The upper course flows at higher elevations which are nearer to the source and where the water is fast, cold, and high in oxygen. These reaches are inhabited by fish species that have adapted to such environmental conditions, such as the brown trout Salmo trutta, and the minnow Phoxinus phoxinus. Underwater plants that can tolerate the physical and chemical conditions in these upper reaches are mosses and diatoms. Invertebrates from the caddisflies genus, Trichoptera, live on the riverbed and build shelters of stones and twigs to increase their mass and prevent the water from washing them away.
The middle course of the river is characterised by a higher average temperature and lower flow speed with a somewhat lower oxygen content. The riverbed is gravelly and sandy, and invertebrates present here include the larvae of insects Insecta, snails Gastropoda, and crustaceans Crustacea. The aquatic vegetation includes mosses and diatoms, as well as green algae, filamentous bacteria, and fungi. Due to the better living conditions, there is a higher diversity of life, and this is where the most fish species are to be found, including the barbel Barbus barbus, chub Squalius cephalus, asp Leuciscus aspius, nase Chondrostoma nasus, bleak Alburnus alburnus, Danubian roach Rutilus virgo, and Balkan loach Cobitis elongata.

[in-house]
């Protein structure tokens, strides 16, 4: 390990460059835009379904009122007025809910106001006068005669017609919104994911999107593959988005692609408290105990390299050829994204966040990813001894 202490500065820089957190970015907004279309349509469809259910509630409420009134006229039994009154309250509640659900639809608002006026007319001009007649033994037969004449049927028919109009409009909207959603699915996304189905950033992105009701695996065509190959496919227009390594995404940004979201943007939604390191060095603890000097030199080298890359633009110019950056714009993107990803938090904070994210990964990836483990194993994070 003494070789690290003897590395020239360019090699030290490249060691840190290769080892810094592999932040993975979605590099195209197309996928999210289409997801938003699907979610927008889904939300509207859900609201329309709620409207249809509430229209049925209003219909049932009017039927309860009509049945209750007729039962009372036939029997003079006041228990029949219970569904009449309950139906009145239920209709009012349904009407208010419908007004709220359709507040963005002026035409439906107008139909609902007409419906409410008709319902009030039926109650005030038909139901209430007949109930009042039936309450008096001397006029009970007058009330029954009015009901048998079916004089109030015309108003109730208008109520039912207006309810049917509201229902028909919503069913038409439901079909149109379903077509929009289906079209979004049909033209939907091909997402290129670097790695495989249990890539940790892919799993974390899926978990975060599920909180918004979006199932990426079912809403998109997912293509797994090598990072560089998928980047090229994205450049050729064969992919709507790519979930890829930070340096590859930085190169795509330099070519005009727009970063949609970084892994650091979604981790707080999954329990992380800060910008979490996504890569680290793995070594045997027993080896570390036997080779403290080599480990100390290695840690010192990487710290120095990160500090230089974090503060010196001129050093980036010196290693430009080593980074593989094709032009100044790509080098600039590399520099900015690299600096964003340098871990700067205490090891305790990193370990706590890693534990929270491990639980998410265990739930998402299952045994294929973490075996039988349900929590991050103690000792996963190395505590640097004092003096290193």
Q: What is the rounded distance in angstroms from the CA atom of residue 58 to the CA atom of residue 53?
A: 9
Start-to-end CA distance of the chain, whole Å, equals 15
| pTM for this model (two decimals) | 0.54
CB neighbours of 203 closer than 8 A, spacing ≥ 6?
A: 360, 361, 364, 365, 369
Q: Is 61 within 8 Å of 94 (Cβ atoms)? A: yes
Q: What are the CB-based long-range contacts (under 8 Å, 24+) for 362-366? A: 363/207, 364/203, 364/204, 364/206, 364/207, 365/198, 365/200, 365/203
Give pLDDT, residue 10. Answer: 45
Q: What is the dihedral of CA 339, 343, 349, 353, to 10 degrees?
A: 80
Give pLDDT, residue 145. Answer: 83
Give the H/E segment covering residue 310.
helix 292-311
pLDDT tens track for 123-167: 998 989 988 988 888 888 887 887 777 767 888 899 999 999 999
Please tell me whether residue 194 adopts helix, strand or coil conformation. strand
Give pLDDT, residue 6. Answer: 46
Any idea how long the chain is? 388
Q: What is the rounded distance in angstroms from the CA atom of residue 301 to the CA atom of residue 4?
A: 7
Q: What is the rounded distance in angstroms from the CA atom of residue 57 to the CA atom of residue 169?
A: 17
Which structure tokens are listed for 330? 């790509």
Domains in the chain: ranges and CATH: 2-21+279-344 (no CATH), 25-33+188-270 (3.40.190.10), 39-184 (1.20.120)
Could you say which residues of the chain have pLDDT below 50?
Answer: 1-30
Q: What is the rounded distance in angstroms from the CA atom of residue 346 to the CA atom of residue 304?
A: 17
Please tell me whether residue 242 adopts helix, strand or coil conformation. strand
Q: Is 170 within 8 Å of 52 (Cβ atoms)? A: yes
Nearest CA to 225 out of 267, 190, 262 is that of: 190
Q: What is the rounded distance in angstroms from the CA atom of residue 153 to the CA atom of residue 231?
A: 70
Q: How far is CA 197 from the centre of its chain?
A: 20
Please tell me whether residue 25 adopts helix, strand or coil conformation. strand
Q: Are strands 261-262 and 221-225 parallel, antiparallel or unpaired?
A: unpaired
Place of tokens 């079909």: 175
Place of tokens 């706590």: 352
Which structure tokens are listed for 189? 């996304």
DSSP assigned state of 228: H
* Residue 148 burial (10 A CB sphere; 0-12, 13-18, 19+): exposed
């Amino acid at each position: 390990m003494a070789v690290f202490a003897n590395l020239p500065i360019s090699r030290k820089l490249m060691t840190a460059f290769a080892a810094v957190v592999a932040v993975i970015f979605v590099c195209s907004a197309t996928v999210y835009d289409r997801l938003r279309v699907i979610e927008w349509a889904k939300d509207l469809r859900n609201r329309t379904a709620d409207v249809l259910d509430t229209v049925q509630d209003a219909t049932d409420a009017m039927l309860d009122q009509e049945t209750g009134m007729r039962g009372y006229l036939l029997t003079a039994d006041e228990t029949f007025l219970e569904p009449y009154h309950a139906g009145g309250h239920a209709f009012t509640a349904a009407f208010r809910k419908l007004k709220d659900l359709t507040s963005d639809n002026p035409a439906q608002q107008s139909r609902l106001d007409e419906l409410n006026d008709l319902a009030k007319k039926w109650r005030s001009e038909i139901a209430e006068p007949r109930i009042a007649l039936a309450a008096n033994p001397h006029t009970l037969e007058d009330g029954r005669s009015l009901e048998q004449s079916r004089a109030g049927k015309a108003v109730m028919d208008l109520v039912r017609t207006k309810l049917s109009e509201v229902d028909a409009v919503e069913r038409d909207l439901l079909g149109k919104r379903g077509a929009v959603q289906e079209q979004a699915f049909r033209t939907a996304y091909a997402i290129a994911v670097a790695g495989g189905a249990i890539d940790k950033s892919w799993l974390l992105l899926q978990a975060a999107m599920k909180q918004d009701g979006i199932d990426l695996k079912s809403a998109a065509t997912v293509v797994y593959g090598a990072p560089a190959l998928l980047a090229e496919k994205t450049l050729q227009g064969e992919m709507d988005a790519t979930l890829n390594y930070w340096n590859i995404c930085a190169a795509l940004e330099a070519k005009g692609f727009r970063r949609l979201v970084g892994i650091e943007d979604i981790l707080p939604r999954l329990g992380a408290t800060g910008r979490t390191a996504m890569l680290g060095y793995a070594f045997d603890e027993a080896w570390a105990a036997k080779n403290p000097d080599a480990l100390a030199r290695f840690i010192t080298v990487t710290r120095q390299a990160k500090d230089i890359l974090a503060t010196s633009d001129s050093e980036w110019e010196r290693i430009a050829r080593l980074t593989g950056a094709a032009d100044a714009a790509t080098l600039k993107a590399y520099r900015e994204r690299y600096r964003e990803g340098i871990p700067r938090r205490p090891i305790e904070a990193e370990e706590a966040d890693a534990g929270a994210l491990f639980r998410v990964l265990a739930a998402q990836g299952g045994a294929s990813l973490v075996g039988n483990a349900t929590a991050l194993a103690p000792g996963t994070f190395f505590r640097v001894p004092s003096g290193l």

In the lower course, the riverbed is wide and deep, the water flows slowly, and average temperatures are higher than upstream in the middle course. This zone has rich aquatic vegetation, including water lilies. The bottom is sandy and silty, enabling the development of special communities of invertebrates, such as the molluscs Bivalvia and oligochaetes Oligochaeta. The fish species that are characteristic to the lower course are bream Abramis brama, carp Cyprinus carpio, catfish Silurus glanis, and zander Sander lucioperca.
Fish endemic to Croatia
The cave system habitat shows the endemic species of fish that are predominantly found in the karst landscapes and underground habitats. Endemics found in underground habitats are highly sensitive and are at risk of extinction. Their survival depends directly on human activities, specifically on the active protection and conservation of surface and underground waters. Some of the endemic fish, such as the Croatian dace Telestes polylepis, karst dace Telestes karsticus, Krbava minnow Delminichthys krbavensis, Jadova loach Cobitis jadovaensis, and Zrmanja chub Squalius zrmanjae are found only in Croatia and nowhere else in the world.